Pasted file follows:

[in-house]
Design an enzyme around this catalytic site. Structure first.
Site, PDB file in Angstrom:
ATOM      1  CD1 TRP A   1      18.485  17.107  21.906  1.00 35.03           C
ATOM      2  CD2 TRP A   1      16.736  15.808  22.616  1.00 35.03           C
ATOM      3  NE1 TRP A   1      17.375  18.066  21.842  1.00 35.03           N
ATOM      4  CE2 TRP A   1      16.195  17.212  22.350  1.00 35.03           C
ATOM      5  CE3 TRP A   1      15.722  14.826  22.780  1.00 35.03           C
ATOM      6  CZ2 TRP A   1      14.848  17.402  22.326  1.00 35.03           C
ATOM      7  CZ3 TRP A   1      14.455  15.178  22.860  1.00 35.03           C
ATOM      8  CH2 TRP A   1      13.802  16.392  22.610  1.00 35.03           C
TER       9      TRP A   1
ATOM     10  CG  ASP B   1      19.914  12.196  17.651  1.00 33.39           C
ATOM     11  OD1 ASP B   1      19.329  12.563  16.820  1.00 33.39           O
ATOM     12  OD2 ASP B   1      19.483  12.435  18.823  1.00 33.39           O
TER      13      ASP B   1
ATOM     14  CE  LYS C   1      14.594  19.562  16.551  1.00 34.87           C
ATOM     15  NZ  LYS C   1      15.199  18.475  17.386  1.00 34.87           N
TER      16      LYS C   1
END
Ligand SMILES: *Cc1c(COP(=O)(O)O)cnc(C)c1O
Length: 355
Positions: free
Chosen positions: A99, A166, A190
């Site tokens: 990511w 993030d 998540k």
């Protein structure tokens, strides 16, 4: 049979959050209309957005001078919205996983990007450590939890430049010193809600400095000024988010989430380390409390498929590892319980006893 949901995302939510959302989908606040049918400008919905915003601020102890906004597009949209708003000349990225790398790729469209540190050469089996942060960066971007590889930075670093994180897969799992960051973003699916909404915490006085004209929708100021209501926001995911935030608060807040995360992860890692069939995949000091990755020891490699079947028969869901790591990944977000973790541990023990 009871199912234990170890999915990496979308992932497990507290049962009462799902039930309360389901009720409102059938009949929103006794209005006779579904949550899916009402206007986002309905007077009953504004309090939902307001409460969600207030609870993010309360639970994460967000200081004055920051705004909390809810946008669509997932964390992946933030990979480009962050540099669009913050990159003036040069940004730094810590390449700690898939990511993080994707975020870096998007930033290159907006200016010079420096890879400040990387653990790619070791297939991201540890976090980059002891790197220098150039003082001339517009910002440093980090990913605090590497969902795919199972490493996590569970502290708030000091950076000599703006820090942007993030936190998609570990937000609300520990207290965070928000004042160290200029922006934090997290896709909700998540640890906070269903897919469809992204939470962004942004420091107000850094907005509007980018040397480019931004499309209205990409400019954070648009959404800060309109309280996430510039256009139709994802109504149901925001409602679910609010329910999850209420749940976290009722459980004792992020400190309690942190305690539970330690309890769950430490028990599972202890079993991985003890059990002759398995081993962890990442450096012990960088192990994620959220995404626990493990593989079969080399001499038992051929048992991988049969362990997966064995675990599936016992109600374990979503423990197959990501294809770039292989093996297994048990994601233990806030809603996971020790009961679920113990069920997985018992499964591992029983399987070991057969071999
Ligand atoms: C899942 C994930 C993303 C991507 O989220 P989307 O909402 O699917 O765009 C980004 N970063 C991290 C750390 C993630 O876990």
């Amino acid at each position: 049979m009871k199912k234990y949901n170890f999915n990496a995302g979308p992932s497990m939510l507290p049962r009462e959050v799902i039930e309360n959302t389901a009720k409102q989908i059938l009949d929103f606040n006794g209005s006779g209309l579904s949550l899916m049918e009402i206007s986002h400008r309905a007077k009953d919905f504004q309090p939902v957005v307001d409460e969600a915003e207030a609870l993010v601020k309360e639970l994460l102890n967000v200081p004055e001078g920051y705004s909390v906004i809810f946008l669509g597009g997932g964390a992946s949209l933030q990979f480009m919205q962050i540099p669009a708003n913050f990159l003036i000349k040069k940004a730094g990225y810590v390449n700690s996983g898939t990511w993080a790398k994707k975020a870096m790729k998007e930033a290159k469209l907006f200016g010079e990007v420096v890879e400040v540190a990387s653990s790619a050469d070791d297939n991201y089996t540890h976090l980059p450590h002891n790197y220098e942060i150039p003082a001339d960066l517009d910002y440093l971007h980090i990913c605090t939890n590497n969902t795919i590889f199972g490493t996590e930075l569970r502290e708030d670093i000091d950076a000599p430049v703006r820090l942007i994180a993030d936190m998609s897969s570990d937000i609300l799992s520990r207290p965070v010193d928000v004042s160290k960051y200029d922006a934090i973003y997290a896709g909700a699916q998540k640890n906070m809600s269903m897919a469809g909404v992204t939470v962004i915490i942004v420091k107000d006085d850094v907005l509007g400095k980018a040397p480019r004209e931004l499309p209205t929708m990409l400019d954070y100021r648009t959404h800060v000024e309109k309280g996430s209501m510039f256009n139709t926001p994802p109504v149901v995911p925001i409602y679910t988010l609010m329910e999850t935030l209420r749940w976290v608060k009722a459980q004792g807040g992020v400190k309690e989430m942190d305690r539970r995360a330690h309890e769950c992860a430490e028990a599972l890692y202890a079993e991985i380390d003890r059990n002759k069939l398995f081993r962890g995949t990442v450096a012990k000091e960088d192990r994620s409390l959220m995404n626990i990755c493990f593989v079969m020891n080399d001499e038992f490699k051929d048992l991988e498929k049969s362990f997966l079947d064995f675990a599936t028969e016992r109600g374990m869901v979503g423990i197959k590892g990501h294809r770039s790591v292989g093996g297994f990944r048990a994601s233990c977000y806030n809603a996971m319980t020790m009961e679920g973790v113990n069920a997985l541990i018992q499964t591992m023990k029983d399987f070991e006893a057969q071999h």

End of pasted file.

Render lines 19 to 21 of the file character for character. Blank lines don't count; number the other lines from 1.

TER      16      LYS C   1
END
Ligand SMILES: *Cc1c(COP(=O)(O)O)cnc(C)c1O